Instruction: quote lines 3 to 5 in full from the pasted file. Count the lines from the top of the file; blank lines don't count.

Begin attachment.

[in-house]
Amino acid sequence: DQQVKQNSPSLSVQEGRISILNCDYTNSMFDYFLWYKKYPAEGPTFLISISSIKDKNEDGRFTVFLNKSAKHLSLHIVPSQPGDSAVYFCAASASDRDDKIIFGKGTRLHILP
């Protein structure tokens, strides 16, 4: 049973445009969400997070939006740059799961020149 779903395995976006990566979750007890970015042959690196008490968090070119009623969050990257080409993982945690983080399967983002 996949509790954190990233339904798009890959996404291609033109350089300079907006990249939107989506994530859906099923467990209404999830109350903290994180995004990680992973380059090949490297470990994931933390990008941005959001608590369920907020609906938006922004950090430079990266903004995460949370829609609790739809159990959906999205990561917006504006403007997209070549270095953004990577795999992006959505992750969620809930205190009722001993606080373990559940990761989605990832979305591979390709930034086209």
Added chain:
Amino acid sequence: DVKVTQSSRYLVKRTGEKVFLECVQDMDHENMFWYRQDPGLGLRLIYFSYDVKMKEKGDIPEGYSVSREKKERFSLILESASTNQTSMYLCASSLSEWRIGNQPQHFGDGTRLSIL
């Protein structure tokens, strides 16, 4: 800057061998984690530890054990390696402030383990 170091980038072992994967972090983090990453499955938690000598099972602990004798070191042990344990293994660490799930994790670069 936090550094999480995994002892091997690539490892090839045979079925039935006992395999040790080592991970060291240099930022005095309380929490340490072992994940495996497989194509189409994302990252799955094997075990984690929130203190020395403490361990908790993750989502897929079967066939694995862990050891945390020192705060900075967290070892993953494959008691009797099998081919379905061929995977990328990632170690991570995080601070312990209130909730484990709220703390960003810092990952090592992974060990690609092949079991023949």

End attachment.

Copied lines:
């Protein structure tokens, strides 16, 4: 049973445009969400997070939006740059799961020149 779903395995976006990566979750007890970015042959690196008490968090070119009623969050990257080409993982945690983080399967983002 996949509790954190990233339904798009890959996404291609033109350089300079907006990249939107989506994530859906099923467990209404999830109350903290994180995004990680992973380059090949490297470990994931933390990008941005959001608590369920907020609906938006922004950090430079990266903004995460949370829609609790739809159990959906999205990561917006504006403007997209070549270095953004990577795999992006959505992750969620809930205190009722001993606080373990559940990761989605990832979305591979390709930034086209």
Added chain:
Amino acid sequence: DVKVTQSSRYLVKRTGEKVFLECVQDMDHENMFWYRQDPGLGLRLIYFSYDVKMKEKGDIPEGYSVSREKKERFSLILESASTNQTSMYLCASSLSEWRIGNQPQHFGDGTRLSIL